• Improved accessibility of the error validity states
  • Made <datalist> element accessibile
  • Improved accessibility of all the controls that support lists, including <select>
  • Improved keyboard experience for input types, including Up and Down keys to change the input type=number value
  • Implemented input type=color, which stores the value in computer readable form, and which now presents the information in human readable percentages of Red, Green and Blue.

Code: <input type="color" value="#ff0000" />
Result: UIA Value: “100% Red 0% Green 0% Blue”
Improved web legibility in high contrast

Microsoft Edge provides full support for the Windows high contrast themes, including custom user themes. Many modern web sites use background images as foreground content, which doesn’t provide a great experience for users who need increased contrast. in the legacy high contrast mode.

After working closely with visually impaired users and prototyping different solutions, we decided to try something different for high contrast mode in this release. Microsoft Edge will no longer remove background images, and instead will render an opaque layer behind text to improve legibility while maintaining the site design.

These improvements speak for themselves: in the redesigned high contrast mode.

Along with the changes we have retained full developer control over browser implicit enhancements with -ms-high-contrast media feature and -ms-high-contrast-adjust property.

These high contrast improvements are available in current Windows Insider releases, enabled by default. Users can disable the “Render backgrounds in high contrast” feature under about:flags to get the previous behavior.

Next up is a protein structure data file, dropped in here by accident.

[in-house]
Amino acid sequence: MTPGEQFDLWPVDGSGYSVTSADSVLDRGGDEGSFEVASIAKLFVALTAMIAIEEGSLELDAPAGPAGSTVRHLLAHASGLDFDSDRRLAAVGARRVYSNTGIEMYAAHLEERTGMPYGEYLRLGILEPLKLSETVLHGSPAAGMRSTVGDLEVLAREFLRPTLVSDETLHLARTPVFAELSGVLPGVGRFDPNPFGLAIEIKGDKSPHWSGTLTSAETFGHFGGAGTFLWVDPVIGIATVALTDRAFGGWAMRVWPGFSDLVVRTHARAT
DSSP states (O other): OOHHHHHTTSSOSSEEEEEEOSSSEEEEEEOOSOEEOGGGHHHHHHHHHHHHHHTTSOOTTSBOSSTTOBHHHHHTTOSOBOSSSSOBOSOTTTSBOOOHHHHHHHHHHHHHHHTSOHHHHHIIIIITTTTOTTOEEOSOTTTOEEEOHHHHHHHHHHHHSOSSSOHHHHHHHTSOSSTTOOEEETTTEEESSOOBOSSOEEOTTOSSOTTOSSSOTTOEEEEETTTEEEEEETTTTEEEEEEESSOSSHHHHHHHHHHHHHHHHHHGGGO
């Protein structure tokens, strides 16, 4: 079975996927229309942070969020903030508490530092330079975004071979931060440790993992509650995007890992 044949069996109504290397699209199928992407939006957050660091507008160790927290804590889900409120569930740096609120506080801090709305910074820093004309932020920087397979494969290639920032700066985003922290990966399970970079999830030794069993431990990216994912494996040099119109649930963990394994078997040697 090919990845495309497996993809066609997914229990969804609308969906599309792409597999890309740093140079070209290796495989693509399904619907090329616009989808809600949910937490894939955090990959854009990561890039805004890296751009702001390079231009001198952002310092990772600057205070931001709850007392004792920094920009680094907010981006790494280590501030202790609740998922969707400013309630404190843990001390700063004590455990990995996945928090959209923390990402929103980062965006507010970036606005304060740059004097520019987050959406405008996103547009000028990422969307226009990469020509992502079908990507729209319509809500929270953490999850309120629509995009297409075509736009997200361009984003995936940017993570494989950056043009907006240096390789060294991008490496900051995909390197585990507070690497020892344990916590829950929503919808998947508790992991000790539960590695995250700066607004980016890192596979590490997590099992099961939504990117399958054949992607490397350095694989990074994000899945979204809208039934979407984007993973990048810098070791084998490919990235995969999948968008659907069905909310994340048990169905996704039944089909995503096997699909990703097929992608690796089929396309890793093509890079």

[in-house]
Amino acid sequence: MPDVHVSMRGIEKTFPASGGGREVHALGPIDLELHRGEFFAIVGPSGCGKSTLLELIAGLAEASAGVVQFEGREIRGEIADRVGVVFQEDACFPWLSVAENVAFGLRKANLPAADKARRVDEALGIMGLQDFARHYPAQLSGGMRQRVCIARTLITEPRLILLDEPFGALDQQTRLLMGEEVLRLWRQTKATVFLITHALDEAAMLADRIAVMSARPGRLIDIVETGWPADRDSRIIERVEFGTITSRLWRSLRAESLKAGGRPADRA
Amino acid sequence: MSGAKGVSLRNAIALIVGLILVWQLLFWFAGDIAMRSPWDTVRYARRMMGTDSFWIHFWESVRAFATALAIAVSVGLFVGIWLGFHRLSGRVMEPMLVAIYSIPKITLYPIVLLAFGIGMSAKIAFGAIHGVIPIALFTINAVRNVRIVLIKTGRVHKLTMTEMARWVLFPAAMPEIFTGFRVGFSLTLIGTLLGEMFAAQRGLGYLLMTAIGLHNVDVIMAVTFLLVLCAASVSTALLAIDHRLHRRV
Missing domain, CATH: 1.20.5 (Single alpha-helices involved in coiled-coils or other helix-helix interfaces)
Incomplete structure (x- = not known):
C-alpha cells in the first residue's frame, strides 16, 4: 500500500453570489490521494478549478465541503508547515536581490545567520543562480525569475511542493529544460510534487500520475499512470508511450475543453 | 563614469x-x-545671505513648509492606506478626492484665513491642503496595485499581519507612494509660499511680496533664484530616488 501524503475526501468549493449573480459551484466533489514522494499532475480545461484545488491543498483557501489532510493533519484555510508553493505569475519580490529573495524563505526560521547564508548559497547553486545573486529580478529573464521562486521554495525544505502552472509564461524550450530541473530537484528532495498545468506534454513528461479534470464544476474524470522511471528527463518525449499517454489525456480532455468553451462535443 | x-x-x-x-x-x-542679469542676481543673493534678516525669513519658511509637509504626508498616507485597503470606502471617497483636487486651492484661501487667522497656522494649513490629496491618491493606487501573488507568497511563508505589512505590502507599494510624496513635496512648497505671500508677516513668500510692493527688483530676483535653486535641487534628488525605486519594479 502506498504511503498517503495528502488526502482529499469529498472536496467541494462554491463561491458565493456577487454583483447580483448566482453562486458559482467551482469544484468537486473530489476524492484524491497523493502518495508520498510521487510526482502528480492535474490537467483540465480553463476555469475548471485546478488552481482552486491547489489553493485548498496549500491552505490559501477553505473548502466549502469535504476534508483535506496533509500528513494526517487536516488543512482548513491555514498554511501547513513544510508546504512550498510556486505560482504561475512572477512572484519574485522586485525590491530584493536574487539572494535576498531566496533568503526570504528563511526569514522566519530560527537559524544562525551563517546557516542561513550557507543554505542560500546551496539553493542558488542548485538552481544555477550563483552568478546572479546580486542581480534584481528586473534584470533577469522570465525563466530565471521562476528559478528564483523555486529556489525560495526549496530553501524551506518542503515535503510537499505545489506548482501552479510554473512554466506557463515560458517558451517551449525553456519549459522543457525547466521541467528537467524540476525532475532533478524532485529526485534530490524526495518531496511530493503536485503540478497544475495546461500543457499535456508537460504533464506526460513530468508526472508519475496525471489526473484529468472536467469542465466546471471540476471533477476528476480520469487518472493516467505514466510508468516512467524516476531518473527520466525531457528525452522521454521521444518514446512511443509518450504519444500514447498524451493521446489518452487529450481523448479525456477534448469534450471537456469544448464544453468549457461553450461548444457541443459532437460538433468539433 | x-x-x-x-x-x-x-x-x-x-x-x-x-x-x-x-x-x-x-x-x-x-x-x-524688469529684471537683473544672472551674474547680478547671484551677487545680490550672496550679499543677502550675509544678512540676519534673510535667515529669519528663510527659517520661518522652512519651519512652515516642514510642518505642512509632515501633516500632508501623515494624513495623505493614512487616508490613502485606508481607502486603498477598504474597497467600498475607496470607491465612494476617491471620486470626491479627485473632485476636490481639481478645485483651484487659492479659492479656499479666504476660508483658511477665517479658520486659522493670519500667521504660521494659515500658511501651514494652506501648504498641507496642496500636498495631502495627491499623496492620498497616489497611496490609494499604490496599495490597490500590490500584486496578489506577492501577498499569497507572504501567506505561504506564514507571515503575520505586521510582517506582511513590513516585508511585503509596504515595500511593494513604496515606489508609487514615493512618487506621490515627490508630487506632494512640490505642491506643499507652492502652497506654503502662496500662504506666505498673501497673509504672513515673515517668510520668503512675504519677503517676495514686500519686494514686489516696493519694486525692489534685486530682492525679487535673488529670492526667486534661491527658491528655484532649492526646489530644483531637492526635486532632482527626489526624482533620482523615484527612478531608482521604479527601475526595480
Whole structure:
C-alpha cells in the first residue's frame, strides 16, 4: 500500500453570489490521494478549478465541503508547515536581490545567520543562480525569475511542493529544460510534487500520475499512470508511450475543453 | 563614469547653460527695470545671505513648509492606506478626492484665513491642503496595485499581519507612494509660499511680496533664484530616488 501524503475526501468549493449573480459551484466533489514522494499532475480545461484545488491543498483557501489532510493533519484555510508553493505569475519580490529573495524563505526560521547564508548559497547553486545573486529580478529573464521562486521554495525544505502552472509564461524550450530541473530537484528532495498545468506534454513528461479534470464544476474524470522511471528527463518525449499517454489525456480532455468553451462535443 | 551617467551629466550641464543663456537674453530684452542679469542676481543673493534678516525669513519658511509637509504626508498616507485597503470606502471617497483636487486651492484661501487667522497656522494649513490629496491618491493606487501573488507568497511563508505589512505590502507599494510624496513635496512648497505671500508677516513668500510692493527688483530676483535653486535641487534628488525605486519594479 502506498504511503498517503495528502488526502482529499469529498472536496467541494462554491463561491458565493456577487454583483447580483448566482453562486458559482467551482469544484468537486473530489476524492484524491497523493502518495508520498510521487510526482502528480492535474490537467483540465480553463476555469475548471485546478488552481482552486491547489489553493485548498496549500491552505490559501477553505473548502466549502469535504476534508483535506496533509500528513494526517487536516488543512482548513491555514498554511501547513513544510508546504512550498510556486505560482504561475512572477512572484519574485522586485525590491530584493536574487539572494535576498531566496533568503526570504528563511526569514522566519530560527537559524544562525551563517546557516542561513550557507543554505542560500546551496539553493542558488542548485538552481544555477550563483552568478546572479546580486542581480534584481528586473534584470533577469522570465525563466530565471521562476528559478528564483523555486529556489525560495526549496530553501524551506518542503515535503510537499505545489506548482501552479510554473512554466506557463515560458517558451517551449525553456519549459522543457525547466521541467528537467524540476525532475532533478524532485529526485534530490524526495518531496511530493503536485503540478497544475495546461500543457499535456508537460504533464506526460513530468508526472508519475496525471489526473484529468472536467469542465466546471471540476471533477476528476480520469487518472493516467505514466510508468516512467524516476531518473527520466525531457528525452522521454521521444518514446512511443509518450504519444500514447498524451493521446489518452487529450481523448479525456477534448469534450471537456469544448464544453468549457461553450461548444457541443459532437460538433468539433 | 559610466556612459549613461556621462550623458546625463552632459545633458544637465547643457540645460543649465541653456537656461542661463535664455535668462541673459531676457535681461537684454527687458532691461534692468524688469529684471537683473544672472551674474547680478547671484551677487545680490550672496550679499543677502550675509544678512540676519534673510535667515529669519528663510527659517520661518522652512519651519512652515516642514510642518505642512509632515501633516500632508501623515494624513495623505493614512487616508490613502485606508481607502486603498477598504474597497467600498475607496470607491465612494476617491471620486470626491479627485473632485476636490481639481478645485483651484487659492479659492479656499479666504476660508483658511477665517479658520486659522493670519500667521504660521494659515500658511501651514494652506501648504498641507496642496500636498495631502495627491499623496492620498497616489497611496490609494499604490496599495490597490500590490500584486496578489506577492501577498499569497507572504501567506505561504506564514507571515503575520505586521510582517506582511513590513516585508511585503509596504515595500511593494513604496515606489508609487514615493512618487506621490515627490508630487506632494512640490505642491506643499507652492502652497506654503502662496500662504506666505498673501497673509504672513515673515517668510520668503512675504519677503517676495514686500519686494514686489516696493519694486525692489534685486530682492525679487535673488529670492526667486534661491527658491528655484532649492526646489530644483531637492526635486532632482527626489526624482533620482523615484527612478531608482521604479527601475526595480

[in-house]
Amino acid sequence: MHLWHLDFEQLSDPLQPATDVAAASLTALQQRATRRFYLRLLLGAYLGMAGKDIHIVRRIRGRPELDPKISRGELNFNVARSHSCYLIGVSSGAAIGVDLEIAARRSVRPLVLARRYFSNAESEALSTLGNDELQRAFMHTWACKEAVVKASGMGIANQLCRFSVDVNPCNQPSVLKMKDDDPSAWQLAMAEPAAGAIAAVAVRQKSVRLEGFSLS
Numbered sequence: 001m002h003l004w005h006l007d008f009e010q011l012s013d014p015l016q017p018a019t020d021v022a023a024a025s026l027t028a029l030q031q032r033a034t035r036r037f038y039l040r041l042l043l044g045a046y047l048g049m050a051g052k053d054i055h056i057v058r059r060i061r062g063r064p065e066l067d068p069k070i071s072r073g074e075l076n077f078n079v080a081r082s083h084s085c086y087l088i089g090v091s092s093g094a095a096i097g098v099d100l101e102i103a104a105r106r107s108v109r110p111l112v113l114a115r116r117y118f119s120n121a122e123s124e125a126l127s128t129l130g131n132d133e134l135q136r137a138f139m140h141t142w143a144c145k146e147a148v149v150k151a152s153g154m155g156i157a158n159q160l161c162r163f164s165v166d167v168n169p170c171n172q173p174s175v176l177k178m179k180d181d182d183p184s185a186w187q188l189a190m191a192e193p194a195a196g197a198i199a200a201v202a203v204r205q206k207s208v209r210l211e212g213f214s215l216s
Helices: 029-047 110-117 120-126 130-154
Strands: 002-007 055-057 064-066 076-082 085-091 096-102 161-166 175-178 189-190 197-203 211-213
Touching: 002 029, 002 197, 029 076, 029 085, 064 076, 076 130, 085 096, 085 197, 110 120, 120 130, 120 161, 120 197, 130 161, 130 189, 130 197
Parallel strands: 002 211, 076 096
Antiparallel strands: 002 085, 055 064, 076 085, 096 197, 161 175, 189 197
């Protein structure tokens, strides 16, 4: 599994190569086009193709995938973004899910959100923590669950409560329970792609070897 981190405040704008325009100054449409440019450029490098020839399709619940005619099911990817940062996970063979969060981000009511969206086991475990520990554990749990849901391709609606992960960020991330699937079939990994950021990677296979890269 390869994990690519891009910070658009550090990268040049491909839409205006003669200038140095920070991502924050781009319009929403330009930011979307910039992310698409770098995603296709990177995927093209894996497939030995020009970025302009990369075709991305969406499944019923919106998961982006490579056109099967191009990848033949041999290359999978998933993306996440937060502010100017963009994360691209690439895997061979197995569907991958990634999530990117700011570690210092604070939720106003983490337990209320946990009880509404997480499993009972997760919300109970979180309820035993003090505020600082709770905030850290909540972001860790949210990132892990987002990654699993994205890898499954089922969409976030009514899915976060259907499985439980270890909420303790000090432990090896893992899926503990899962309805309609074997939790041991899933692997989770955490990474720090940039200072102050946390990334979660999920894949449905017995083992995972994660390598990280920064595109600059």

More improvements and platform features

Alongside these platform, user experience, and legibility improvements, we’ve had a chance to add a few user experience features and fixes:

  • Implemented the Web Speech Synthesis API
  • Improved caret browsing on Windows Phone with external keyboards
  • Improved Microsoft Edge frame-to-content focus transitions

Journey towards a more accessible web platform

As we finalize these features on the road to the Windows 10 Anniversary Update, we’ve also begun work on a few additional areas targeting a future release. Below are some of the features we’re currently considering:

  • Improving the UIA TextPattern reading experience based on user feedback
  • Enabling the web platform to take into account the “Text size” slider, available in Ease of access > More options on Windows 10 Mobile
  • Improvements to input controls and scrollbars in high contrast mode
  • Improvements to the text contrast ratios of controls
  • Improvements to touch and keyboard experience with Narrator on the web for desktop and mobile
  • Tweaks to the focus outlines to make finding and tracking elements in the browser easier

In upcoming posts we’ll have more to share about our user experience improvements as measured by, as well as our approach to automate accessibility testing for the web.

We’re excited to share the current improvements and look forward to building an even more accessible web with you! As always, we welcome your feedback.

– Bogdan Brinza, Program Management Lead, Microsoft Edge
– Rossen Atanassov, Software Development Lead, Microsoft Edge

Source: Building a more accessible web platform | Microsoft Edge Dev Blog